Celeste, fans of the comics will know you from the short strips at the end of each Rivers of London issue, but how does it feel taking on an entire arc? Celeste Bronfman: It was exciting and very freeing! I love writing the one page gag strips, but you’re really limited with what you’re able to explore in terms of character development. Four issues meant having a larger canvas to paint on. I was able to really arc out Chelsea and Olympia’s journey and key into how they respond when faced with real life, deadly consequences. I’m also a huge fan of villain origin stories, so four issues really allowed me the opportunity to interrogate why this villain (no spoilers!) is the protagonist and hero of their own story. You’ve written successfully for both TV and comics, how do they differ, and do you have a favorite format? CB: Both TV and comics are visual mediums, so there are some similarities, but as a writer it took me a while to adjust to the differences. In TV, there are all these elements that come into play to help emphasize and establish the tone of scenes, like music and camera movements. But in comics, you don’t have those storytelling methods in your arsenal, which means you have to adapt. As someone who came from television, it was a really fun challenge and I was able to find new ways of creating that tone on the page! Of course, it’s not a solo task. So many people come together to bring a story to life. And that’s one of the greatest similarities between the two mediums. The collaboration. Writing comics is so much fun and incredibly rewarding, but my first love will always be television. It’s what first made me want to become a writer, so I’ll always be slightly biased there.
How did the new series, Deadly Ever After come into being, and how do you work with Ben and Andrew? CB: That origin story goes quite a ways back to when I first met Andrew at a Doctor Who talk back in 2014. But I’ll skip a few years to when I was writing the gag strips. Ben and Andrew asked me to pitch a few ideas for a potential four issue arc. I was so excited and handed in about four pitches, one of which was about deadly fairytales coming to life. I’ve always loved the morbid origins of fairytales, and thankfully it also struck a chord with Ben and Andrew. Writing Deadly Ever After has been an incredibly collaborative process. For each stage – the pitch document, the outline, and each draft of the script – I would send to Andrew and Ben, and they would have these wonderful ideas and suggestions to liven up the story and make sure it stayed true to the Rivers of London mythology. I’m grateful for their guidance and so excited it’s now out in the world! The Rivers characters have encountered haunted cars, Russian witches, Swedish werewolves, and now fairy tale characters – where else would you like to take them? CB: There are so many places the series can go, and that’s what’s so exciting about the world Ben’s created! This might be a bit left field, but something that haunts me in my day to day life is how much of ourselves we put online and how that image differs from who we are in real life. Mixing social media and supernatural forces feels like a recipe for disaster and quite a lot of comedy – I would love to see Bev explain TikTok to Nightingale!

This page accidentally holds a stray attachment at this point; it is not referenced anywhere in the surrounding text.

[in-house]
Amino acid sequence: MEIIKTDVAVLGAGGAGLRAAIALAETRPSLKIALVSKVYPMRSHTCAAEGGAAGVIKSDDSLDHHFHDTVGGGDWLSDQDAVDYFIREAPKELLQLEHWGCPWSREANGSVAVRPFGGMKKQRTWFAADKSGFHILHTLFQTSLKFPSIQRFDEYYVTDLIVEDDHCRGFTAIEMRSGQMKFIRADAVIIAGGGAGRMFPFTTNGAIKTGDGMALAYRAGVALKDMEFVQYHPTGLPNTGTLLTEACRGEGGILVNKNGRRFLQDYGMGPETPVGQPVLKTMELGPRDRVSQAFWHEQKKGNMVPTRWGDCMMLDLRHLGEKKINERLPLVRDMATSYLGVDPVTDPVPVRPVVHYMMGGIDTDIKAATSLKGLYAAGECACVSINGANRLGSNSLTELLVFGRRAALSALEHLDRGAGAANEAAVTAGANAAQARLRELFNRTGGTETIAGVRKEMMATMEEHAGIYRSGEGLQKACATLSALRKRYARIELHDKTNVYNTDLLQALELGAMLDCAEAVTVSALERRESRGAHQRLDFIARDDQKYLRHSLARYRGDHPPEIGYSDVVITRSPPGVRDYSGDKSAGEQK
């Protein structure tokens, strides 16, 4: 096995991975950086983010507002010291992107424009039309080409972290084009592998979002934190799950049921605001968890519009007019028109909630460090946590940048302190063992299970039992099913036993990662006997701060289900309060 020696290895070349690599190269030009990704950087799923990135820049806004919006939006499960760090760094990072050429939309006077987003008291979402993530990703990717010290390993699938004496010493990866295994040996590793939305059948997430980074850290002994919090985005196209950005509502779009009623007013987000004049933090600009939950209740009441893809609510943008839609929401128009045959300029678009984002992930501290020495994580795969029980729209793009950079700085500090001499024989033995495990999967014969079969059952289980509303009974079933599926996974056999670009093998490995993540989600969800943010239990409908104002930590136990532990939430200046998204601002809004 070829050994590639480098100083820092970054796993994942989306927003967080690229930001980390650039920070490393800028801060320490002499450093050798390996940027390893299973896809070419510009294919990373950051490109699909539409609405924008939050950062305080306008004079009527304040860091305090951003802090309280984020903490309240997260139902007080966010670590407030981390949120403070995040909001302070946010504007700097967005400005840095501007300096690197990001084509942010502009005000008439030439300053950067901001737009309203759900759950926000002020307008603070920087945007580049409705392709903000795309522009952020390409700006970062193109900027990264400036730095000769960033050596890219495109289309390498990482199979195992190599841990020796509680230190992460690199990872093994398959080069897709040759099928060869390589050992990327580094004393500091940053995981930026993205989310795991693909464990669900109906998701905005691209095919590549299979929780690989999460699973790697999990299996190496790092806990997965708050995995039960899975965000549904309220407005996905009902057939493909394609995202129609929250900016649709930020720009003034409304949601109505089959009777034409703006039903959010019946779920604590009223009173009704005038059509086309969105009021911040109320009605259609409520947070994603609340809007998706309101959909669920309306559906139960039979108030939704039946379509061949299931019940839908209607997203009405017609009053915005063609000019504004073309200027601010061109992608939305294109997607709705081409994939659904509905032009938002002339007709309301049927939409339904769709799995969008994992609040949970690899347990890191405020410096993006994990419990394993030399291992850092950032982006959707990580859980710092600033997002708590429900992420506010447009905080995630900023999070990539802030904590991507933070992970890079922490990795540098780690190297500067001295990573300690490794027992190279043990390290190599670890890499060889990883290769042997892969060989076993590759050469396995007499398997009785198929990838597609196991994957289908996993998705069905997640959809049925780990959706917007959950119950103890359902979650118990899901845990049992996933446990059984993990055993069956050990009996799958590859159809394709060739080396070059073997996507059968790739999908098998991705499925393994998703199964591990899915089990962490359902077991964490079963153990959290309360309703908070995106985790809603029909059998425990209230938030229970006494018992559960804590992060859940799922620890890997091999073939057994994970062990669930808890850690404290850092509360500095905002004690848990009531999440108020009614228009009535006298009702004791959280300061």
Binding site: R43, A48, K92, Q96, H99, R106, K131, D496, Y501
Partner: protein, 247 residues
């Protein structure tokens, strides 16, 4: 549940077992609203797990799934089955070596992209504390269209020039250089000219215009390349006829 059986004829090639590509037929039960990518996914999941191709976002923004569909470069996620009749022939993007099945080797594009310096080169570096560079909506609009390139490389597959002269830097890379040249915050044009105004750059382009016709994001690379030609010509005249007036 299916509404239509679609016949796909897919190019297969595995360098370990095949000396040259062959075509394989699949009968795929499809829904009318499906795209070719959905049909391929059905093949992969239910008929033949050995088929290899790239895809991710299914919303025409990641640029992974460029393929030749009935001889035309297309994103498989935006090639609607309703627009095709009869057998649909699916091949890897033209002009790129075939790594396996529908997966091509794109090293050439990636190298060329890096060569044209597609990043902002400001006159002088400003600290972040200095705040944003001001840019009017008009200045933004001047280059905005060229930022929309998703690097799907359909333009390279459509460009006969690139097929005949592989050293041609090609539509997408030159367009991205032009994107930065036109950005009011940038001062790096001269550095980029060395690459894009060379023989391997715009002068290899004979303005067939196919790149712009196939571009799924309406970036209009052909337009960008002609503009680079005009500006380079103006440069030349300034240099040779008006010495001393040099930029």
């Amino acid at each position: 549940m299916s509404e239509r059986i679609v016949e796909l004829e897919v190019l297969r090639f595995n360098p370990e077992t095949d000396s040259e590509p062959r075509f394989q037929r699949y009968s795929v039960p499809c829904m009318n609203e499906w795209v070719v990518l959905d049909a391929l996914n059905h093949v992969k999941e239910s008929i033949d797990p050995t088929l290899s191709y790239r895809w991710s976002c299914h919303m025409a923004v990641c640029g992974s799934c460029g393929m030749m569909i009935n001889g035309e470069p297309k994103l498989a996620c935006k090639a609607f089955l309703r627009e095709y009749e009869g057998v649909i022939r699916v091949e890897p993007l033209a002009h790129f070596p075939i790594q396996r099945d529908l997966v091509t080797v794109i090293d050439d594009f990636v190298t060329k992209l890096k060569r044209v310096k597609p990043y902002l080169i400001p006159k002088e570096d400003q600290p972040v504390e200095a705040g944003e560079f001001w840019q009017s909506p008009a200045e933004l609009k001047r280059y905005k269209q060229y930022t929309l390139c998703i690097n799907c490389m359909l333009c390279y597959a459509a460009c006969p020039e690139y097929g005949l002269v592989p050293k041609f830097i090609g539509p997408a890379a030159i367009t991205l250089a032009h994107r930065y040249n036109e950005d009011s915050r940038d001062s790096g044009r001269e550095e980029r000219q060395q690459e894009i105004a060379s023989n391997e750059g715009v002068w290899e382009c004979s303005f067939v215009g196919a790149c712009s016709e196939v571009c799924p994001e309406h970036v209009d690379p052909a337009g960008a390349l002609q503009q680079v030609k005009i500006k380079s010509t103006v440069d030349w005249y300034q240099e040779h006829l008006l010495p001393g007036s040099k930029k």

Rivers of London shines a light on some of the lesser-known history of the capital, what’s been your favorite London discovery? CB: A while back I was researching possible locations for Deadly Ever After and came across 23-24 Leinster Gardens. The addresses belong to false front houses built to hide the open-air sections of the underground railway. There’s something so eerie to me about these fake exteriors, and it’s absolutely going to be my first stop when I next visit London. In Deadly Ever After Olympia and Chelsea – and the foxes – take a leading role, which other characters would you like to explore further? CB: That’s a great question! Abigail’s a character I’d love to see more of. Her journey is paralleling Peter’s initial journey right now, but because they have such wildly different personalities, I’d be fascinated to explore their differences in depth. I would also love to see more of Foxglove!
And finally, have you ever had any mysterious or supernatural encounters? CB: I unfortunately have not. I’m a big gothic horror fan and have always romanticized the idea of one day encountering a mysterious entity or ghost. But until that day comes, I’ll just be geeking out about it through stories like Deadly Ever After!
Rivers of London: Deadly Ever After #1 is on sale next Wednesday (May 18th). You can order yours today from the U.K. via Forbidden Planet, from the U.S., from your local comics store, and digitally.